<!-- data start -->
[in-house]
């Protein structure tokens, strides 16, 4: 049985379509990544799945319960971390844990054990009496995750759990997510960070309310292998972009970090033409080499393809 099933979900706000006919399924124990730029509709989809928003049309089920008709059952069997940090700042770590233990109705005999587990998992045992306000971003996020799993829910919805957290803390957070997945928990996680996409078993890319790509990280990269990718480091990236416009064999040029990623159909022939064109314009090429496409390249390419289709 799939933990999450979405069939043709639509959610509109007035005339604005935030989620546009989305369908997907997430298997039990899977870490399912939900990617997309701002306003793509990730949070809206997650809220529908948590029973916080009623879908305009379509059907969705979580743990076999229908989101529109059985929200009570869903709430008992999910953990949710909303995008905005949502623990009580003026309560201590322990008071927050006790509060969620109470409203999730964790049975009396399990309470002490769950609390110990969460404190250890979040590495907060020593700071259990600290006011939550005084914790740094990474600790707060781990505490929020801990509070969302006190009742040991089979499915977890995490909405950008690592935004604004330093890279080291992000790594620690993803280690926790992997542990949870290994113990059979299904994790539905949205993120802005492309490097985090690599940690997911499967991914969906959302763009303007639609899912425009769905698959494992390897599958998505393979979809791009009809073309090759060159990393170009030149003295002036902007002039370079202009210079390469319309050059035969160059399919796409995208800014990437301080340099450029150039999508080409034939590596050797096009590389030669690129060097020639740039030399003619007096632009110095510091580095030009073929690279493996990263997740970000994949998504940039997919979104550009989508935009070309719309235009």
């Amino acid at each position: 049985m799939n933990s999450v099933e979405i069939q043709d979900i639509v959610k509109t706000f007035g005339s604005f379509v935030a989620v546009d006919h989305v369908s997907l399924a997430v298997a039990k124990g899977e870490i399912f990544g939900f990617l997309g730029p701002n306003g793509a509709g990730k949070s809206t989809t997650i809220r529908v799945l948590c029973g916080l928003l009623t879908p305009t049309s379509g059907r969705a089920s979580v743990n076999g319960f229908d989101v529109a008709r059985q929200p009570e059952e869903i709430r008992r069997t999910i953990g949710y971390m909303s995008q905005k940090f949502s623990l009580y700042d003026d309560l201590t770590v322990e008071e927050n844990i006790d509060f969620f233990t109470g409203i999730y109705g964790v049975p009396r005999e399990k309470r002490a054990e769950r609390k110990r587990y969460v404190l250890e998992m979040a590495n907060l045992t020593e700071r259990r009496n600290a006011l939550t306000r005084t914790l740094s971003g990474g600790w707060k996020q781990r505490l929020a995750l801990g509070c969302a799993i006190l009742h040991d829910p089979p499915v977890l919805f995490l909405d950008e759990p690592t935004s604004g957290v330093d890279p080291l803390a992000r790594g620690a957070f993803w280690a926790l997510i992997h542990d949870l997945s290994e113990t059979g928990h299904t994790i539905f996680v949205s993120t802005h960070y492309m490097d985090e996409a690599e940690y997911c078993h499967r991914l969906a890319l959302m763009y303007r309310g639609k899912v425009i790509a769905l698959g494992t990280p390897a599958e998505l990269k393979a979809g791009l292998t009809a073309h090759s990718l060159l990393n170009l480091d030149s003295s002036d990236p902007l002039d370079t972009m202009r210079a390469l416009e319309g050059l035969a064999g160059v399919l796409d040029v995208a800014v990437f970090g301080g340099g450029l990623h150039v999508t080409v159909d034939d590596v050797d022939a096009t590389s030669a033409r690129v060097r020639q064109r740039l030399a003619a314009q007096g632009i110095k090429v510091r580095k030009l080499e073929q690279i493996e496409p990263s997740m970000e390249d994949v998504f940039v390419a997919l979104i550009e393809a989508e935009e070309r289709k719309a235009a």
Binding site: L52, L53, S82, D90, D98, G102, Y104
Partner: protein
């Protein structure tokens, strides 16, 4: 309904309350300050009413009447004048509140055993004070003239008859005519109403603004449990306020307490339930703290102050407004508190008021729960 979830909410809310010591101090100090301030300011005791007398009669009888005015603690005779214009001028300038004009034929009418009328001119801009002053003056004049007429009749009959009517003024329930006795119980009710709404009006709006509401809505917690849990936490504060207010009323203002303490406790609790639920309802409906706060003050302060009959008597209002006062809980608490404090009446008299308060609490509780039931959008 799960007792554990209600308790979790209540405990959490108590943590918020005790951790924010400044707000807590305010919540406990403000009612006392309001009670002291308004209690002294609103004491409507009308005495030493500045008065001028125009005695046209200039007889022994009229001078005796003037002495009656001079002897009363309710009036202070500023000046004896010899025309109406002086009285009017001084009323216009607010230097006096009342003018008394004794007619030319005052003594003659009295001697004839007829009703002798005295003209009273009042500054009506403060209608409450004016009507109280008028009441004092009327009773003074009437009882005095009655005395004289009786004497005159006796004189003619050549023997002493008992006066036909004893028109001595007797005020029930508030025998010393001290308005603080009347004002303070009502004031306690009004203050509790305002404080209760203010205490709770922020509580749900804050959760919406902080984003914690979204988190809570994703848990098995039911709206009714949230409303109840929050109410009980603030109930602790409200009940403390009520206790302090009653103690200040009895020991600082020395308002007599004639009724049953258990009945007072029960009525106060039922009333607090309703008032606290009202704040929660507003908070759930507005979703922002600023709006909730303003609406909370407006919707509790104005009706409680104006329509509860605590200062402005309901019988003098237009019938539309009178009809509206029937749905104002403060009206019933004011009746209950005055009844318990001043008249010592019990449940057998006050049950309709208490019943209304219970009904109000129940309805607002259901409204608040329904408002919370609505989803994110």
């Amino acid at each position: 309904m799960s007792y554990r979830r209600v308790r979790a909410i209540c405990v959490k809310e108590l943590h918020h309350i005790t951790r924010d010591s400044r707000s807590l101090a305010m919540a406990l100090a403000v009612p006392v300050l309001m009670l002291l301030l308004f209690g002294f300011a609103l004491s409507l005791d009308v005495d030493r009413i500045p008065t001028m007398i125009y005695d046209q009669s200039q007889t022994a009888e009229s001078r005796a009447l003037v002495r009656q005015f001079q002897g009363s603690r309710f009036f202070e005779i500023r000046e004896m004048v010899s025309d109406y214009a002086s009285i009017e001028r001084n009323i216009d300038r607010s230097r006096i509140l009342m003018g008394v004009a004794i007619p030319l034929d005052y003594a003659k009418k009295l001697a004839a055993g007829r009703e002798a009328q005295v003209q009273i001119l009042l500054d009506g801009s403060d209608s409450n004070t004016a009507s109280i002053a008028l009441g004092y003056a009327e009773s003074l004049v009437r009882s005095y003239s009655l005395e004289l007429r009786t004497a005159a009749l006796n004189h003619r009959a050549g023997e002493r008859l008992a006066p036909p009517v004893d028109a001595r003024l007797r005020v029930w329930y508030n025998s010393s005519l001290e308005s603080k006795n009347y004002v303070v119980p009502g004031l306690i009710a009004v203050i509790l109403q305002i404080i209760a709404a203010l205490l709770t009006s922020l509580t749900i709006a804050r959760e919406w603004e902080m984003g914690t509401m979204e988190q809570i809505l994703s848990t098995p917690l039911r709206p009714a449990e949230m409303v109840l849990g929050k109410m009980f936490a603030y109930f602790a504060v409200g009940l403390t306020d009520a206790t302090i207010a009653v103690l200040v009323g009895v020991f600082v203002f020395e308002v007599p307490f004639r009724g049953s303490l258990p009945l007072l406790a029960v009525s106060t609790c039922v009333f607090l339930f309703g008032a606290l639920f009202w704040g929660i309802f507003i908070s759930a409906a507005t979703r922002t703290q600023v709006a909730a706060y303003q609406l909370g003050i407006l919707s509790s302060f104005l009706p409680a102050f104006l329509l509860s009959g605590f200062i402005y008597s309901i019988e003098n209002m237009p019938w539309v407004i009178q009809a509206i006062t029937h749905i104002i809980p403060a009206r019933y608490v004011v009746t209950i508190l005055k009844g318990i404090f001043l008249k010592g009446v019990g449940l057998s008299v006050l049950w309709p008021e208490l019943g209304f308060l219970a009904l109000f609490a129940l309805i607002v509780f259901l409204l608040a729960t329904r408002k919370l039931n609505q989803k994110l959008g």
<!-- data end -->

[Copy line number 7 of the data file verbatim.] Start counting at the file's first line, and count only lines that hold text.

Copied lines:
């Amino acid at each position: 309904m799960s007792y554990r979830r209600v308790r979790a909410i209540c405990v959490k809310e108590l943590h918020h309350i005790t951790r924010d010591s400044r707000s807590l101090a305010m919540a406990l100090a403000v009612p006392v300050l309001m009670l002291l301030l308004f209690g002294f300011a609103l004491s409507l005791d009308v005495d030493r009413i500045p008065t001028m007398i125009y005695d046209q009669s200039q007889t022994a009888e009229s001078r005796a009447l003037v002495r009656q005015f001079q002897g009363s603690r309710f009036f202070e005779i500023r000046e004896m004048v010899s025309d109406y214009a002086s009285i009017e001028r001084n009323i216009d300038r607010s230097r006096i509140l009342m003018g008394v004009a004794i007619p030319l034929d005052y003594a003659k009418k009295l001697a004839a055993g007829r009703e002798a009328q005295v003209q009273i001119l009042l500054d009506g801009s403060d209608s409450n004070t004016a009507s109280i002053a008028l009441g004092y003056a009327e009773s003074l004049v009437r009882s005095y003239s009655l005395e004289l007429r009786t004497a005159a009749l006796n004189h003619r009959a050549g023997e002493r008859l008992a006066p036909p009517v004893d028109a001595r003024l007797r005020v029930w329930y508030n025998s010393s005519l001290e308005s603080k006795n009347y004002v303070v119980p009502g004031l306690i009710a009004v203050i509790l109403q305002i404080i209760a709404a203010l205490l709770t009006s922020l509580t749900i709006a804050r959760e919406w603004e902080m984003g914690t509401m979204e988190q809570i809505l994703s848990t098995p917690l039911r709206p009714a449990e949230m409303v109840l849990g929050k109410m009980f936490a603030y109930f602790a504060v409200g009940l403390t306020d009520a206790t302090i207010a009653v103690l200040v009323g009895v020991f600082v203002f020395e308002v007599p307490f004639r009724g049953s303490l258990p009945l007072l406790a029960v009525s106060t609790c039922v009333f607090l339930f309703g008032a606290l639920f009202w704040g929660i309802f507003i908070s759930a409906a507005t979703r922002t703290q600023v709006a909730a706060y303003q609406l909370g003050i407006l919707s509790s302060f104005l009706p409680a102050f104006l329509l509860s009959g605590f200062i402005y008597s309901i019988e003098n209002m237009p019938w539309v407004i009178q009809a509206i006062t029937h749905i104002i809980p403060a009206r019933y608490v004011v009746t209950i508190l005055k009844g318990i404090f001043l008249k010592g009446v019990g449940l057998s008299v006050l049950w309709p008021e208490l019943g209304f308060l219970a009904l109000f609490a129940l309805i607002v509780f259901l409204l608040a729960t329904r408002k919370l039931n609505q989803k994110l959008g």